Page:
Monitor Timings into Absolute Pixels
I would recommend to write them into a table and use the letters A - S to name the rows of this table. It makes it a bit easier to track the following explanations :-)
As you may have mentioned: the letters for the signal timings are the same in both of the above examples - only the positions changed. Basically there are two methods where to start with the deflection timings: 0/0 is set at the beginning of the Sync-signals (Ex. 1) or 0/0 is set at the top / left corner of the Active Display Area (technoslovakian for "the picture you see on the screen") - like in Ex. 2.
Both objections are identical - and so are the used values. It is only a matter of the point of view how to look at them. Don't get confused by that.
It is only a bit complicated to re-calculate the pixel values required for the Linux ModeLine from out of these values.
How can that be done ?
To recalculate the "Horizontal Pixel Frequency" in KHz you only need to divide 1 through the Total Horizontal Duration (A above) and multiply it by 1000 to get the (proper dimensioned) frequency from the time.
Assumed the horizontal total is 32.700 us you will get a value of 30.58 KHz.
1 / 32.700 us * 1000 = 30.581 KHz
To recalculate the vertical refresh frequency -known as "pictures per second"- you also only need to divide 1 through the Total Vertical Duration (O in the graphic) and multiply it by 1000.
Assumed it is 16.650 ms you will get out 60.06 Hz vertical refresh.
1 / 16.650 ms * 1000 = 60.060 Hz
To get out the Horizontal total pixels is a bit more trickier. Assumed you want to set a resolution of 640 x 480 in that mode, you need to divide the duration for the Active Picture Area (D in the above scheme) of 25.660 us through 640 pixels. This results in 0.04 us / pixel. Now calculate the 3 values B, C and E through 0.04 and add them to 640:
4.480 us / 0.04 us-pixel = 112 pixel
2.360 us / 0.04 us-pixel = 59 pixel
0.200 us / 0.04 us-pixel = 5 pixel
640 + 112 + 59 + 5 = 816 pixel total horizontal.
Alternatively you can divide the horizontal Total value A through 0.04 us/pixel:
32.700 us / 0.04 us-pixel = 816
A difference of +/- 0.5 pixels is caused by inaccuracies during measuring and calculating the values for B, C and E. It *might* be more accurate to use this value instead of the sum (B+C+E) + 640 pixel.
To get out the Vertical total lines the calculation is the same. First you divide the Active Picture vertical value (R in the above) through 480 and get ms per line. Then you divide the values for P, Q and S and add the lines to 480.
15.672 ms / 480 lines = 0.03265 ms-line
0.065 ms / 0.03265 ms-line = 2 lines
0.816 ms / 0.03265 ms-line = 25 lines
0.097 ms / 0.03265 ms-line = 3 lines
480 + 2 + 25 + 3 = 510 lines total vertical.
Here you can also alternatively divide the Vertical Total through the 0.03264 ms-line:
16.650 ms / 0.03265 ms-line = 510 lines
Remark: if the divisions for horizontal and vertical pixels / lines leads to rather odd values that do not round close to the next integer - the mode will most likely not work with the choosen resolution. You must come out on values that round about to the next integer. 1.98 and 2.05 will most likely round to 2, while 1.55 and 2.45 will not very well. Try another resolution.
We have now:
From out of Horizontal and Vertical totals and Vertical Refresh we can calculate the Pixel Clock, by simply multiplying them.
816 pixels * 510 lines * 60.06 Hz refresh = 24.995 MHz pixelclock.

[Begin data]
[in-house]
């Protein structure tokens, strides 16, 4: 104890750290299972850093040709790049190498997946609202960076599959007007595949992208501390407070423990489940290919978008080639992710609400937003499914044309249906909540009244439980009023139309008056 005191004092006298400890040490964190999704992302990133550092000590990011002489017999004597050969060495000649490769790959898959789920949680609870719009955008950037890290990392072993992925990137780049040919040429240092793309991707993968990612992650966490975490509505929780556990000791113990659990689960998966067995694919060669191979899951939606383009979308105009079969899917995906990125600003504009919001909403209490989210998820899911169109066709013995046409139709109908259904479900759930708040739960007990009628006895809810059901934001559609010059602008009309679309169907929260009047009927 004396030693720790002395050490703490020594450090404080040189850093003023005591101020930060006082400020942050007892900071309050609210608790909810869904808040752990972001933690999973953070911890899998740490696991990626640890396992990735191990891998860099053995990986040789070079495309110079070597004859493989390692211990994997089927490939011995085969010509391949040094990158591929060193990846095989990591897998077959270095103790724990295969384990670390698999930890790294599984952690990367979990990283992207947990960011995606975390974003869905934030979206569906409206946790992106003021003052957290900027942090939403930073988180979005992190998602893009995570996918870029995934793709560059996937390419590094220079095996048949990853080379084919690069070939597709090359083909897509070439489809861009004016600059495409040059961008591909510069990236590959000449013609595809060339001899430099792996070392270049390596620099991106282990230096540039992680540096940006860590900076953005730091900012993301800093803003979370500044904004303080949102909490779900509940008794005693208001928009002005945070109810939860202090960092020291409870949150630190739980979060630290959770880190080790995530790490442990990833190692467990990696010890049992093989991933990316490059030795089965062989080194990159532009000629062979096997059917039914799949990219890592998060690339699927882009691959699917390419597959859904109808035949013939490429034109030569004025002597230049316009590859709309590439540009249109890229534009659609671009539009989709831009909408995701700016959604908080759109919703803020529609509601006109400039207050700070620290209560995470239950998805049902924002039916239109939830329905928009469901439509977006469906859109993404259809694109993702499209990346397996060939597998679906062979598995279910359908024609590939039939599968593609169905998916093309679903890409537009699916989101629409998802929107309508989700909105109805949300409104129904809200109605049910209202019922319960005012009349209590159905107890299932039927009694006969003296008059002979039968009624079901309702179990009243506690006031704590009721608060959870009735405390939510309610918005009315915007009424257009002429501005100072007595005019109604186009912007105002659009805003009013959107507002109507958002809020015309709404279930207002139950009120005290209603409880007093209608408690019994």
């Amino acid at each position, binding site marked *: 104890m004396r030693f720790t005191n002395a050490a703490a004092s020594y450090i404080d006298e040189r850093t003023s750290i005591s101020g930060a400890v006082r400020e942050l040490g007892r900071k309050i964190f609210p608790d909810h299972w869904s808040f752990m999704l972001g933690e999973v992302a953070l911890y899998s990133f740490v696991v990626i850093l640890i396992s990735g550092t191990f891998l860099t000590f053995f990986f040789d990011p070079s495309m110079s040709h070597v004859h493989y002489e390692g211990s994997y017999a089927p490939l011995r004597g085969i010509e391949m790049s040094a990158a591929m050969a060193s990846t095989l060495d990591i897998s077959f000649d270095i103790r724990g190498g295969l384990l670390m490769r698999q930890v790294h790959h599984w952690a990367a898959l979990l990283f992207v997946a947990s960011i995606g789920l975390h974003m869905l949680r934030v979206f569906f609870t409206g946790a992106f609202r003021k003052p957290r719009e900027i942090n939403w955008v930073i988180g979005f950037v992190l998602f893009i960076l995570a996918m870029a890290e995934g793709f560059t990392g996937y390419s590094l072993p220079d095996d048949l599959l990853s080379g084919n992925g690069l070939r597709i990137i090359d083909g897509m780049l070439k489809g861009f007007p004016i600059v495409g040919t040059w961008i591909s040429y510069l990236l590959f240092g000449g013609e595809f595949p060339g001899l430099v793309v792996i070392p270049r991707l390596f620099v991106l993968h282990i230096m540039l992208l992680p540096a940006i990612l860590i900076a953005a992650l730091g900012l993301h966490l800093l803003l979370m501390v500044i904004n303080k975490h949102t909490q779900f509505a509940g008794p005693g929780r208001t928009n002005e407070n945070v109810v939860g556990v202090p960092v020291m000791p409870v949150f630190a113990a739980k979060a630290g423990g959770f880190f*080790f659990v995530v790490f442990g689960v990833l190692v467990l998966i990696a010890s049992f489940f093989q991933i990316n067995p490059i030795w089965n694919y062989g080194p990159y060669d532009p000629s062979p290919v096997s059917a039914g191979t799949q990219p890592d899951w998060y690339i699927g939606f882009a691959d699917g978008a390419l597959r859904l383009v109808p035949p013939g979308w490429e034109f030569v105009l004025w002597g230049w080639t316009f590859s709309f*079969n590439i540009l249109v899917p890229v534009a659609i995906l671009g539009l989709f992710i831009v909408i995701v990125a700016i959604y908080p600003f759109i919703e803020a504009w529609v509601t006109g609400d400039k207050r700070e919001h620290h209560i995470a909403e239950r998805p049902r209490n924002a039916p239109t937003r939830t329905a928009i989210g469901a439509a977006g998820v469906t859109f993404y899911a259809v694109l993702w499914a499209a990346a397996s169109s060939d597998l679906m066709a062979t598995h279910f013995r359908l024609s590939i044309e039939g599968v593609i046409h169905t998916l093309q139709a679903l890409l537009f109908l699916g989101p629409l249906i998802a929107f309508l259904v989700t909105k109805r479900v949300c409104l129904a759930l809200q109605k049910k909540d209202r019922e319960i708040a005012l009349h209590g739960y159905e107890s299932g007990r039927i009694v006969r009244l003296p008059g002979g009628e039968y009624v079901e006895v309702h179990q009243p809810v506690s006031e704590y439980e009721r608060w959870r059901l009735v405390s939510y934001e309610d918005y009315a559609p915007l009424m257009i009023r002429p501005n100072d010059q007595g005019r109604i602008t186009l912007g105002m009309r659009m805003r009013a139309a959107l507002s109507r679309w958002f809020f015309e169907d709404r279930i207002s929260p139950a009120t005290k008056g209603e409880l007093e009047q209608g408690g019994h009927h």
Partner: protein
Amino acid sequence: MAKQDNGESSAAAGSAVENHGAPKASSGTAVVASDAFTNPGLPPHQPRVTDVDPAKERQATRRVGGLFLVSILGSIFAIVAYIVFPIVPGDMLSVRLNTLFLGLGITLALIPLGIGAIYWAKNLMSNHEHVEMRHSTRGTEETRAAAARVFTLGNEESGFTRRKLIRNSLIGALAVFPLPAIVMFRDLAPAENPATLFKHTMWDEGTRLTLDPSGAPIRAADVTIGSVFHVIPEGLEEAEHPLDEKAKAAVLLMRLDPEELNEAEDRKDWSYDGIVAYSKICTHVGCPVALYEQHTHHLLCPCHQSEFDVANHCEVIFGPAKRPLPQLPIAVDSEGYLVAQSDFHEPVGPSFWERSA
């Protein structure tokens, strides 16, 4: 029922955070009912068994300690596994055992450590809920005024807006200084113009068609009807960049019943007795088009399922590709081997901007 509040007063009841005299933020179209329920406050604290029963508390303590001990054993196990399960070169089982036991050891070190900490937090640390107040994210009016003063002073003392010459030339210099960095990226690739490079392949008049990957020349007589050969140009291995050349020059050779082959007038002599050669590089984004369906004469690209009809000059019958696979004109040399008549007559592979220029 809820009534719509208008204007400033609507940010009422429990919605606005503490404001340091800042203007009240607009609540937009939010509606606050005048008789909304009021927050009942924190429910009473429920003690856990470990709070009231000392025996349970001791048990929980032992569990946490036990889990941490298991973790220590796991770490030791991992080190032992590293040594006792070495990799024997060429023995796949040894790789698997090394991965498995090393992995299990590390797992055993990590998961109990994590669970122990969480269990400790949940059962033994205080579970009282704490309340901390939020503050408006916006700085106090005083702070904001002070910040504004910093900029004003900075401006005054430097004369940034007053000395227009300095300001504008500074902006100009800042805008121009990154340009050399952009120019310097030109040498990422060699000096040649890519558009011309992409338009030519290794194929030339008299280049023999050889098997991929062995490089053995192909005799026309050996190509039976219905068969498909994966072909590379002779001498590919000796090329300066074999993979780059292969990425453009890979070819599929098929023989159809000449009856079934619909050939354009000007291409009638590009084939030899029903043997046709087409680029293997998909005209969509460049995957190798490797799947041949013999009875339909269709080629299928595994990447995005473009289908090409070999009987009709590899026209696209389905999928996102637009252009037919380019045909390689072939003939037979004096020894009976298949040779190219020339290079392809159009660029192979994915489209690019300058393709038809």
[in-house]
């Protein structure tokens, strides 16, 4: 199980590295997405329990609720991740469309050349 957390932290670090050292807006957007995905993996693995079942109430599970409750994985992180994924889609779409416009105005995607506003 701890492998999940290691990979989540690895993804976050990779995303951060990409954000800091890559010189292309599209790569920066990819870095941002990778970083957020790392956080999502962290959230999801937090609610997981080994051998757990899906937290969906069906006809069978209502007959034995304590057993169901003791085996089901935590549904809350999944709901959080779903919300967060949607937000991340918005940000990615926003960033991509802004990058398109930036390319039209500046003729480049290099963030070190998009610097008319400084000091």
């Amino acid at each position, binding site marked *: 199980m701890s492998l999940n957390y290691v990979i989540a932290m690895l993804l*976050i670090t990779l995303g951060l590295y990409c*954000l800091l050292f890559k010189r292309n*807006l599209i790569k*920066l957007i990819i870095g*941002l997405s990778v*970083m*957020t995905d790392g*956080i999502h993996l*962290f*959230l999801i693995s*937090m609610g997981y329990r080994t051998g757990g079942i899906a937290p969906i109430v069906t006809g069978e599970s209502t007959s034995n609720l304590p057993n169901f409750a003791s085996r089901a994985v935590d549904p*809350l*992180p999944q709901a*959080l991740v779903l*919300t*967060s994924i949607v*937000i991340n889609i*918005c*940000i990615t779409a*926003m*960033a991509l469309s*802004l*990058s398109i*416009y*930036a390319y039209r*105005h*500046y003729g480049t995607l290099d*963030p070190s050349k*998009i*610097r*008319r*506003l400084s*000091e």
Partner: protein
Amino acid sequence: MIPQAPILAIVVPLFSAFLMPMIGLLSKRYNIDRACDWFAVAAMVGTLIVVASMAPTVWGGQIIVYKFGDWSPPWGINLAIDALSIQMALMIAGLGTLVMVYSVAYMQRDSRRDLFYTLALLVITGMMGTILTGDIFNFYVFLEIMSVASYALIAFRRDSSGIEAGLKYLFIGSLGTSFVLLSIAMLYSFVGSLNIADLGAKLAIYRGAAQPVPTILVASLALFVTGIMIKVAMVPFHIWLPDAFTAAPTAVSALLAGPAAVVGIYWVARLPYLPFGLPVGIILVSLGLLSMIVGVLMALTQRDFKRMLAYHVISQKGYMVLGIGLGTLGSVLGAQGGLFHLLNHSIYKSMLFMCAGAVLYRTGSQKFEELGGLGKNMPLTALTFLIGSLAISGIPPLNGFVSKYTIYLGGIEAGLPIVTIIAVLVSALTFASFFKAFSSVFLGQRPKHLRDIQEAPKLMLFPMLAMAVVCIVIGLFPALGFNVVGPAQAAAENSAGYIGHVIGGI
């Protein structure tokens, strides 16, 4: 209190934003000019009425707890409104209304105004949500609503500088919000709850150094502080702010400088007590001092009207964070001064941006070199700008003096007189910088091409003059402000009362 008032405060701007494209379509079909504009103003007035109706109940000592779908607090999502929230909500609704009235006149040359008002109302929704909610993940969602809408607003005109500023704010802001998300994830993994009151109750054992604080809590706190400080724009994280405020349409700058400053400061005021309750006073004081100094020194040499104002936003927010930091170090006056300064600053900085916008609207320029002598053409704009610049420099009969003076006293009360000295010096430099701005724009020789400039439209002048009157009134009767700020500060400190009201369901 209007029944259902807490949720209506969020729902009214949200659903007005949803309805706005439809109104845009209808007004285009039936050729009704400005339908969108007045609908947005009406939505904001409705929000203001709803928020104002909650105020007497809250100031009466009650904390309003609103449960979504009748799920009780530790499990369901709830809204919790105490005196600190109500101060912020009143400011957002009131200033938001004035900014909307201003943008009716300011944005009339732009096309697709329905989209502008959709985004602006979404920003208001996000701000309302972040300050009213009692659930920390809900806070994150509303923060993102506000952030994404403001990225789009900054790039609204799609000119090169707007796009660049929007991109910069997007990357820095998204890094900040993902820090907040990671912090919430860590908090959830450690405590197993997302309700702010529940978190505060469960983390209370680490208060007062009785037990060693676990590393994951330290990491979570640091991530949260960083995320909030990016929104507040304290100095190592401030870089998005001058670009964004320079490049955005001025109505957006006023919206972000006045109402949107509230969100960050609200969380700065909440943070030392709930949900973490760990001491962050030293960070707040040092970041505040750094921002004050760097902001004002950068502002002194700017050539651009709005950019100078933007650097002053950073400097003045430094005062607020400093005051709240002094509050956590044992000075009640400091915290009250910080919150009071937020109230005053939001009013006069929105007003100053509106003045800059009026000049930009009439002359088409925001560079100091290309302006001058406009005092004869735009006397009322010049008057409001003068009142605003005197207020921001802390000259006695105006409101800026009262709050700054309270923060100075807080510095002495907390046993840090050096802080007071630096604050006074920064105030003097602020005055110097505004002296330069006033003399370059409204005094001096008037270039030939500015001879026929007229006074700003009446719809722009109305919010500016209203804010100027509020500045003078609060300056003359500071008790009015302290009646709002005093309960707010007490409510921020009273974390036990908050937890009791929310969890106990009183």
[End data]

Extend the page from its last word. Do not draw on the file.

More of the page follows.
A Pixel Clock setting of straight 25.00 MHz will do fine here.
Remark: The XGA-2 system is an almost free-programmable system, but it has its limits. I would not recommend to use a pixel-clock above 77MHz - even though the XGA-2 RAMDAC is specified to 90MHz. The pictures will be rather distorted and speckled.
In addition there are "divider steps". From 16.25 - 32.00 MHz the steps are 0.25MHz, from 32.50 to 64.00 MHz the steps are 0.50 MHz and from 65.00 to (theoretical) 128.00 MHz the steps are 1.00 MHz.
If your calculation ends up in 49.48 MHz pixel-clock - use 49.50 MHz (0.50 MHz steps in this range). If it ends up in 25.21 MHz you should use 25.25MHz (0.25MHz steps in this range).
You may however ignore these "unmatching" values and insert them into your ModeLine - and the XF86 Driver will round them up or down accordingly. At least I haven't found any problems in using even oddest values for the pixel-clock.
The Linux ModeLine however does not fiddle with timings in microseconds and milliseconds. It uses basically 10 parameters, from which the 8 "resolution-dependent" parameters are relative from the point 0,0 (horizontal / vertical) which is the start of the active display area:
ModeLine "xxxxxx" pixelclock screen_width hsync_start hsync_end h_total screen_height vsync_start vsync_end v_total [optional parameters]
ModeLine "640x480" 25.00 640 645 757 816 480 483 485 510 +hsync +vsync
How to calculate these values ?
Pretty easy - because we have the required values already and only need to re-arrange them.
The 640 and 480 are obvious - they are the horizontal and vertical pixels of the active picture area.
The 645 is the 640 pixel + the right border (E) to the point where the horizontal sync signal starts. Add D and E for this value.
The 757 is the Hsync End - 640 pixels of the picture, 5 pixels of the right border and 112 pixels of the Sync signal duration. Simply add the pixel values for D, E and B.
The 816 is our Horizontal Total again.
For the vertical values you only need to add the 3 lines for the lower border (S) to the 480 and get 483. Add the 2 lines for the Vertical Sync Signal (P) and you get the 485. The 510 is our Vertical Total again.
The settings for the HSync and VSync polarity need to be obtained from the monitors papers. As a guideline you can assume that the 640 x 400 mode uses -Hsync and +Vsync, the 640 x 480 modes mainly use +Hsync and +Vsync and all higher modes (800 x 600 and above) mainly use -Hsync and -Vsync polarities.
© 1999 by Peter H. Wendt